What To Shred


What Documents Should I Shred and How Long Should I Keep Them?

Tax Returns

The general rule for tax records is to retain them for 7 years. When you file the new return shred the expired one. The IRS has 3 years to audit you from the date you file your taxes and it is up to you to have all of the backup information that went into the preparation of your returns.

Banks Statements

The only reason to keep bank statements is if you are thinking about applying for a mortgage (in which case you will only need a 3-month history). Otherwise, the banks has all of your records on file.

ATM Receipts

Keep these until you balance your bank statement and then shred them.

Credit Card Statements

It is recommended that you keep only 3 months on hand.

Medical Insurance & Information

This includes your premium statements, doctor bills, prescriptions, hospital bills, etc. Keep these 5 years from the date of service.

Home Insurance

The minimum suggested is 5 years, though it may be prudent to wait 10 years.

Pay Stubs

Many people save these but this is not a good idea…just 1 page contains everything an identity thief needs to compromise yourself and your finances. Because each paycheck contains the history of all past stubs, it is not necessary to keep any stub except for the most recent. The exception is if you are planning to apply for a mortgage, which usually requires a 3 months’ worth of pay stubs.

Investment Documents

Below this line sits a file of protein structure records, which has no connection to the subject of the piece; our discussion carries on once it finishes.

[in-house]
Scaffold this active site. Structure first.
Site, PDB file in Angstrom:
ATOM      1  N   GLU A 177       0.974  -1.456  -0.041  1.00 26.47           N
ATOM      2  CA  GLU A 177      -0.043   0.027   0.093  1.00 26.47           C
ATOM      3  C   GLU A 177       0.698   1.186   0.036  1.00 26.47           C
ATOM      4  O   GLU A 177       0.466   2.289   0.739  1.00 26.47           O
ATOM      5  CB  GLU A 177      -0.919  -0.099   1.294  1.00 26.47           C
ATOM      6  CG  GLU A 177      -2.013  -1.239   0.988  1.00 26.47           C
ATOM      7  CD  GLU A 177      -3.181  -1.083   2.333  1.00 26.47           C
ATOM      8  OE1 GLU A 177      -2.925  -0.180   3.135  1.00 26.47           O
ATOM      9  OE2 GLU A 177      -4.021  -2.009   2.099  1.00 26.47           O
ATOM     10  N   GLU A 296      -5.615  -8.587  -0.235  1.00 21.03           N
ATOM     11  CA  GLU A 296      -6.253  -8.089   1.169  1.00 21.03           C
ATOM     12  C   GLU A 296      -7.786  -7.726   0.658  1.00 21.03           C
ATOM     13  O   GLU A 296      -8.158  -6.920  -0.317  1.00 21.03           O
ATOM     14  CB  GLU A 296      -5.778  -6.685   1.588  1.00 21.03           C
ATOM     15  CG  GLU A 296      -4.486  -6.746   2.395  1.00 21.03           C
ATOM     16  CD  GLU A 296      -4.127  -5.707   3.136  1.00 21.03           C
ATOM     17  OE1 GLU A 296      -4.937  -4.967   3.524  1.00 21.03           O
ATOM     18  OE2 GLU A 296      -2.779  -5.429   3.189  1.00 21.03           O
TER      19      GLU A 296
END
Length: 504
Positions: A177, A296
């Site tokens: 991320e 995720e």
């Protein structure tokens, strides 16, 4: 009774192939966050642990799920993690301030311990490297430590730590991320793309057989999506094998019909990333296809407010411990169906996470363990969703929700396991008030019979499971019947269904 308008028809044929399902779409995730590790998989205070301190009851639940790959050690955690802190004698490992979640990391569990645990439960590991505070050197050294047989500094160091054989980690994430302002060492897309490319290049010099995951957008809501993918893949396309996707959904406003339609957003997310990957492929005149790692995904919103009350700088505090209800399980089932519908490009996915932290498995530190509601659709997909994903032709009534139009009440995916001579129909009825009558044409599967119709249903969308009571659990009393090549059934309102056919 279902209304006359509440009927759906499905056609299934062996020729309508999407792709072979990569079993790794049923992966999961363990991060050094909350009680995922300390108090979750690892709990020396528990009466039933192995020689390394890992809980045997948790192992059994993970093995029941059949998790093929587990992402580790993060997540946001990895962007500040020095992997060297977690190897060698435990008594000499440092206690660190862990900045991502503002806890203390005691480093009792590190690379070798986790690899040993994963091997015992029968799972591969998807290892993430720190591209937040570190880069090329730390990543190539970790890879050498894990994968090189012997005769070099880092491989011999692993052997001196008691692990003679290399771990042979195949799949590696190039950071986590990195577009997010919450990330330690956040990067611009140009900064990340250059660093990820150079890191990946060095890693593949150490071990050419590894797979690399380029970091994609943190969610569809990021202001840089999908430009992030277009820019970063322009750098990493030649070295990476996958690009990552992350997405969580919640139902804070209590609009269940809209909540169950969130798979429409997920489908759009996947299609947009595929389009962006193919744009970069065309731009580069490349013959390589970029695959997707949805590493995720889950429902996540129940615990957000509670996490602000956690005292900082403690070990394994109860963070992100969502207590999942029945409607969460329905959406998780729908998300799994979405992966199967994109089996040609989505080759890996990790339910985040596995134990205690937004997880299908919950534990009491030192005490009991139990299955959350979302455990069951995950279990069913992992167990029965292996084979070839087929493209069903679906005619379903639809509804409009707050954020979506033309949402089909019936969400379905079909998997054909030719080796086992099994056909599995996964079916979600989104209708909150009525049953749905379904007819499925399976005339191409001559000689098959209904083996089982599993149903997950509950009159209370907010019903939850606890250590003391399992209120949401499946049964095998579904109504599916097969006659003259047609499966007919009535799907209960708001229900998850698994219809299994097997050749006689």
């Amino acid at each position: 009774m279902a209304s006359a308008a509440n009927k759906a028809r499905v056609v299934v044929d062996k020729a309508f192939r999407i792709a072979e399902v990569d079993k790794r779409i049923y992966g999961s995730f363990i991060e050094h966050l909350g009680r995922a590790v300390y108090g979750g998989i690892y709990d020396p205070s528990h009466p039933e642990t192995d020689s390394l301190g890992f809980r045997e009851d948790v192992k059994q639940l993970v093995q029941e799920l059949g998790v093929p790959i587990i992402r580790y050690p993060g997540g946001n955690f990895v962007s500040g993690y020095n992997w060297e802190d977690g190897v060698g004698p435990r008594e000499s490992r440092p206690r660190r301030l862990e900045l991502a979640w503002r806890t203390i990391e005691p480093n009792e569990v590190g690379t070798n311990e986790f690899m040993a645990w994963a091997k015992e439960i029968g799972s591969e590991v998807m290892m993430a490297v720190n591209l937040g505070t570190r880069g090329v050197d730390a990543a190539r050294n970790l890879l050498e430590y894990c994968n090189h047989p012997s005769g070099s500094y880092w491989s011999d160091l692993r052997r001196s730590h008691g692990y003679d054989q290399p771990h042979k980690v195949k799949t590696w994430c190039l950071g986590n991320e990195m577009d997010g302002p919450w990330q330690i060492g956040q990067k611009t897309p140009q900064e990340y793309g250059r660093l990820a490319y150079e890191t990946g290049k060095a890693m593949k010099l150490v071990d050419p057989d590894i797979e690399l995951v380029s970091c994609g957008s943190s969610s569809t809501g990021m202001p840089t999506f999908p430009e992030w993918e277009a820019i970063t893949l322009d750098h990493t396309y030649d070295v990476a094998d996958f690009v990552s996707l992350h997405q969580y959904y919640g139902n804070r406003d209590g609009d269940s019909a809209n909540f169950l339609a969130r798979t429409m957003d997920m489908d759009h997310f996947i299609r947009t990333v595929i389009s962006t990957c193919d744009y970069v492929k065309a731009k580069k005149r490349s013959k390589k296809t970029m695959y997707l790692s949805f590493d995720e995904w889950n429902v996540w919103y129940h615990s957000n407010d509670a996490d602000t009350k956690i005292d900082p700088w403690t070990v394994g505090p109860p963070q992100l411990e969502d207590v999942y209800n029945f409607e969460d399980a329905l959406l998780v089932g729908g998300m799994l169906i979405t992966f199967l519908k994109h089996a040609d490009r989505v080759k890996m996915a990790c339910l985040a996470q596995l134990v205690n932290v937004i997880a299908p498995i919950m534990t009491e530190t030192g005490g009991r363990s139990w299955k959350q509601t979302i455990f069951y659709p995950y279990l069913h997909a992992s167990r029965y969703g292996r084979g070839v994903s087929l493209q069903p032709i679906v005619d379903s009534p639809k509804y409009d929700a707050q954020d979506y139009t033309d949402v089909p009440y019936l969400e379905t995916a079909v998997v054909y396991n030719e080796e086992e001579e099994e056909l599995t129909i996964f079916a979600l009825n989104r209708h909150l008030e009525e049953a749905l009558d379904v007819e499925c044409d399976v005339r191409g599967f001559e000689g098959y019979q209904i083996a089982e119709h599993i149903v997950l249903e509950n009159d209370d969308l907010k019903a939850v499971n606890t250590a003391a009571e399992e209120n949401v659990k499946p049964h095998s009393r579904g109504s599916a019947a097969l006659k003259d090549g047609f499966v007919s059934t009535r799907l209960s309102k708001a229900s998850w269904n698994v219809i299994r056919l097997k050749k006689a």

If you have an IRA, 401K, or any other investments than you are likely inundated with prospectus, privacy notices, address confirmations, and so on. Do not keep any of these documents unless you plan to act on them. Public companies also ask you to vote for the board of directors and special measures once a year. Unless you own a significant amount of stock or have a strong opinion, you may wish to save the company postage and just shred the vote card. You should retain 3 months of balance statements and, following a new investment, retain purchase records until you liquidate and file taxes.

Home Repairs

These should be kept for 10 years in case you need to prove something with regard to guarantees of workmanship. If you are renovating, make sure you get the satisfaction of lien from your contractor(s). Keep these documents as long as you own the property (they may prove useful during resale).

Utility Bills

If you are writing off your utility bills for tax purposes, you may need to keep them in your records. However, if you can’t write them off, you need only keep bills from the past 3 months.

Mortgage Documents

Keep the loan information as long as your mortgage is open. After you’ve paid off the mortgage, the bank is obligated to record a satisfaction of mortgage. You should keep this document as long as you own the home.

Warranty Documents

Shred your warranties and related documents after getting rid of your electronics, appliances, software, etc.

Computers, Hard Drives, and Electronic Storage Devices

Do not just place your old computers on the side of the road or throw away your external hard drives, flash disks, CD’s, or other storage devices…electronic media are a gold mine of confidential information for those who know how to access it. Security Shredding is equipped to handle all of your Electronic Shredding needs.

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NAID® National Association for Information Destruction is the standard-setting body advocating for best practices in secure data destruction. NAID AAA Certification® of secure data destruction service providers fulfills the customer’s regulatory obligation.

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We Recycle All Shredded Paper

All paper is brought to a specialized recycling center for processing. The paper is never bleached or treated.Shredded documents return to the world as everyday paper goods.

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